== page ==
Growing Blackberries In A Polytunnel

Growing Blackberries In A Polytunnel
In this part of the Krosagro guide, we will explain how to start growing blackberries in a polytunnel step by step: how to prune, cultivate, when to plant, how to protect from frost and when to harvest them. In order to prevent any damage, however, it is best to choose a thornless variety.

What is a blackberry?

This edible plant from the rosaceae family is a variety created from wild blackberry and several others. Its special feature is that spikes have been removed at the stage of crossing. Making the whole breeding process more convenient.
Blackberries have little cultivation requirements. Which is why it is the most frequently chosen bush for a home garden or plot. They blossoms in May with white flowers, attracting pollinating insects. Sweet-sour or tart flavor of the fruit makes them suitable for the production of tinctures, preserves and wines. First fruits appear in July, however the real harvest begins at the turn of August and September. The fruits collected then are the sweetest.
Stems may reach 2 to 5 meters, with time they will require help, meaning preparation of supports. These should be fixed to the structure as plants do not have any climbing features. Due to the size of crops, seasonal foil tunnels will be more suitable. As they are much higher than single or multi-vegetation greenhouses. Of course, you can also use these hobby tunnels, but you will have to trim bushes so that they do not come into contact with the cover.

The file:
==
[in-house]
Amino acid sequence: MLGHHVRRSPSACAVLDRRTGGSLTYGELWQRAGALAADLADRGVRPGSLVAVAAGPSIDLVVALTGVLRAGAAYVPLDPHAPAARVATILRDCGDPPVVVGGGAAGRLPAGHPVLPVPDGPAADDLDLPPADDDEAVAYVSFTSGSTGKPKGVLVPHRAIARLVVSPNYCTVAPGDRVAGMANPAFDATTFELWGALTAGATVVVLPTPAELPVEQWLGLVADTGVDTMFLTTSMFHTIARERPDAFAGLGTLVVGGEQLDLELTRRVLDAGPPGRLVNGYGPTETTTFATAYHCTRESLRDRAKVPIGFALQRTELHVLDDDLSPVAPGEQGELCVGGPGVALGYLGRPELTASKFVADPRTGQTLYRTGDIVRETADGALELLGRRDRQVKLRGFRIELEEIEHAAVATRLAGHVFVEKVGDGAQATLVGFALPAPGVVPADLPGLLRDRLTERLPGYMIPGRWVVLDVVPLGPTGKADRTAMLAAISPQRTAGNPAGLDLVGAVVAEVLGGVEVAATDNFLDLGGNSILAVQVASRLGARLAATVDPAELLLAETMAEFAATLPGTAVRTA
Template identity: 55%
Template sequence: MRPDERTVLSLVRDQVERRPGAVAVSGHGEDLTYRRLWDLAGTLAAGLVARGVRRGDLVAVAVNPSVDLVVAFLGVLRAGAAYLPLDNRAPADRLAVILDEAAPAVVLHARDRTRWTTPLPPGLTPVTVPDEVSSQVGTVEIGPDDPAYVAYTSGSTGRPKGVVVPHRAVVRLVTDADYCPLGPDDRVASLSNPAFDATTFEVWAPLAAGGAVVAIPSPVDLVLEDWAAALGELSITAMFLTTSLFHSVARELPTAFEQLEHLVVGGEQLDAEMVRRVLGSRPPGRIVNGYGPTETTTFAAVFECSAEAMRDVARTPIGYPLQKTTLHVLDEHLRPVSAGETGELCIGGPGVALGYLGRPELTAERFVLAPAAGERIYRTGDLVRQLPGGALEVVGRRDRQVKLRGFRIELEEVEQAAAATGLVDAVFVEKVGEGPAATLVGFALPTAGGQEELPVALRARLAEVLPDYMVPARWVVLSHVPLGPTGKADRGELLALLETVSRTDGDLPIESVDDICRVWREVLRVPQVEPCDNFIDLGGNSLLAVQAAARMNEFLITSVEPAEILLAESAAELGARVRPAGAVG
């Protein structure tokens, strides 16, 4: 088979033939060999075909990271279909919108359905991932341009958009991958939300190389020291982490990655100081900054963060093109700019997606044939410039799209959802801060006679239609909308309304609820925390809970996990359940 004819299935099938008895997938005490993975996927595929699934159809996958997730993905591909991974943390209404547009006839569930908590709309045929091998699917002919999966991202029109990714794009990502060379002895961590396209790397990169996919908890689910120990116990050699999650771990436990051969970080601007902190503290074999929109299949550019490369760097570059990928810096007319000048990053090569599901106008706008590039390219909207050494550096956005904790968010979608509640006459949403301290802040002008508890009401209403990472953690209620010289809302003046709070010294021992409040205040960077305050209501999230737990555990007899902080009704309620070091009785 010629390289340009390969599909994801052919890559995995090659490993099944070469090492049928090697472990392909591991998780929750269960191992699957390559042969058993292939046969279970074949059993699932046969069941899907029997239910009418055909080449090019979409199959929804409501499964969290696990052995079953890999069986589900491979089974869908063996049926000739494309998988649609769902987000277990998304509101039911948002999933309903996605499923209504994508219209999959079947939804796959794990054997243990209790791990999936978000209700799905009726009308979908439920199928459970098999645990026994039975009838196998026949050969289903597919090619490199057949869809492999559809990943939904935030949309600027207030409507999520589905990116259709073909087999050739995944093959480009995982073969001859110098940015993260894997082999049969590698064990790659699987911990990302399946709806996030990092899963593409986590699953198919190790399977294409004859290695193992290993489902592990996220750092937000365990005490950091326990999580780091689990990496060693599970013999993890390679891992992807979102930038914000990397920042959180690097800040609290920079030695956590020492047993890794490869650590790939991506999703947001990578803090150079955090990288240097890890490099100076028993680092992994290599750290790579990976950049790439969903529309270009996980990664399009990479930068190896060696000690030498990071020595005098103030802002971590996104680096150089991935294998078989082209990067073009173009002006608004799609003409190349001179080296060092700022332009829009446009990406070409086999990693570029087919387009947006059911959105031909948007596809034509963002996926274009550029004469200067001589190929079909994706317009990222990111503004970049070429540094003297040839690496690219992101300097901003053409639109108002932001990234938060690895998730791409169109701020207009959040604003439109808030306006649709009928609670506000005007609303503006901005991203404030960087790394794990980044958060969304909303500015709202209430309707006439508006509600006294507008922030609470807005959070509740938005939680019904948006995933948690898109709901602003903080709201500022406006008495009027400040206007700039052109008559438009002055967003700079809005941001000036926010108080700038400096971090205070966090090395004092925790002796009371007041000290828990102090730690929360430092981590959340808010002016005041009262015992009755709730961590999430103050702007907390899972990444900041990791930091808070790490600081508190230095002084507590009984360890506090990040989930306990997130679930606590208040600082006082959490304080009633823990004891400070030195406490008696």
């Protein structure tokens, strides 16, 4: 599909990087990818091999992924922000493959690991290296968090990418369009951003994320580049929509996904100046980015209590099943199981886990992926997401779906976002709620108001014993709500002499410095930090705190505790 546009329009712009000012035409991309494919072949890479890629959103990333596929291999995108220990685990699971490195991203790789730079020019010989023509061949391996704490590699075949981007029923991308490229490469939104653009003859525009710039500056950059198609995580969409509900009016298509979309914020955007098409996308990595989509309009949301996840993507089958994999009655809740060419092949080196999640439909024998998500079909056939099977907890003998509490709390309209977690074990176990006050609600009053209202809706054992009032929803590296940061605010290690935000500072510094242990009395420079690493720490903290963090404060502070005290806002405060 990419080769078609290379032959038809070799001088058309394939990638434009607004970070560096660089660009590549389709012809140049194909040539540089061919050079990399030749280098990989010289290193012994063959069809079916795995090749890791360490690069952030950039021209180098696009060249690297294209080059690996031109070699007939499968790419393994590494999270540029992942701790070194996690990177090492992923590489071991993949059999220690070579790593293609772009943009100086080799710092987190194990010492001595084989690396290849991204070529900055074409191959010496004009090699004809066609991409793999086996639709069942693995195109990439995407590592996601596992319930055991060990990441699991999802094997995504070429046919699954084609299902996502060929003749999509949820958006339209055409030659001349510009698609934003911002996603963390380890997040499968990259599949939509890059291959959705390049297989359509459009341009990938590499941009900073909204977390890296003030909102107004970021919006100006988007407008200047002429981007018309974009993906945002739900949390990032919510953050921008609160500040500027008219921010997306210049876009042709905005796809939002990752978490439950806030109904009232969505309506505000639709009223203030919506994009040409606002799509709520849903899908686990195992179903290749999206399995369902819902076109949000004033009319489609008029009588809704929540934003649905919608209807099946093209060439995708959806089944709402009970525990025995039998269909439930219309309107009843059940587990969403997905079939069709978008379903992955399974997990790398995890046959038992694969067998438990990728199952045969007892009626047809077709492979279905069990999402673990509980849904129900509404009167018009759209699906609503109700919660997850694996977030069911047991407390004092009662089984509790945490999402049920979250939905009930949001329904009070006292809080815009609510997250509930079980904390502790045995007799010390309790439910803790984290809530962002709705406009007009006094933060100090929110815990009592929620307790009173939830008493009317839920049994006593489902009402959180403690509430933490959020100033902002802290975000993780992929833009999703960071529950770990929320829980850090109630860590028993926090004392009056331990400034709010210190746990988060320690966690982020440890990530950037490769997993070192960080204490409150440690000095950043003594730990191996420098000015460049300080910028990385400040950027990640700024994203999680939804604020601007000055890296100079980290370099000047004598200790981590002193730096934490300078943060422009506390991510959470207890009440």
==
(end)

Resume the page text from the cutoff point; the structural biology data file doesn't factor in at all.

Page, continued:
1. Cultivation requirements for growing blackberries

  • Positioning
Although the plant itself is not difficult to grow, it has specific environmental requirements. It should not be grown in an area where tomatoes, potatoes, peppers, raspberries and strawberries. Were cultivated in the previous three years. Many diseases and pests that attack these plants are also a threat to blackberries.
Bushes grow optimally in a warm and sunny location. They also grow in shady places, but then fruiting is not the best. The plant has a medium frost resistance, so it should be covered during the winter.
  • Soil
The substrate should be rich in macro- and micro-components, rich in humus, light and moderately moist, slightly acidic and pH between 6.0 and 7.0. At less than 5.5, the substrate will have to be limed, and at higher levels, blackberries may develop iron deficiencies. Sandy and heavy substrates are not suitable for their cultivation. However, with no other choice, it will be necessary to fertilize with manure, compost or green manure.
  • Fertilization
The plant requires slightly acidic soil for proper growth, therefore fertilizers with high concentration of potassium and nitrogen are used. In spring, the plant is supplied with multicomponent fertilizers, 50 g of ammonium nitrate and up to 50 g of potassium sulphate for each bush separately. Blackberry is a perennial plant (it lives up to 20 years), so it is worth providing a regular dose of compost every year.

2. Planting and spacing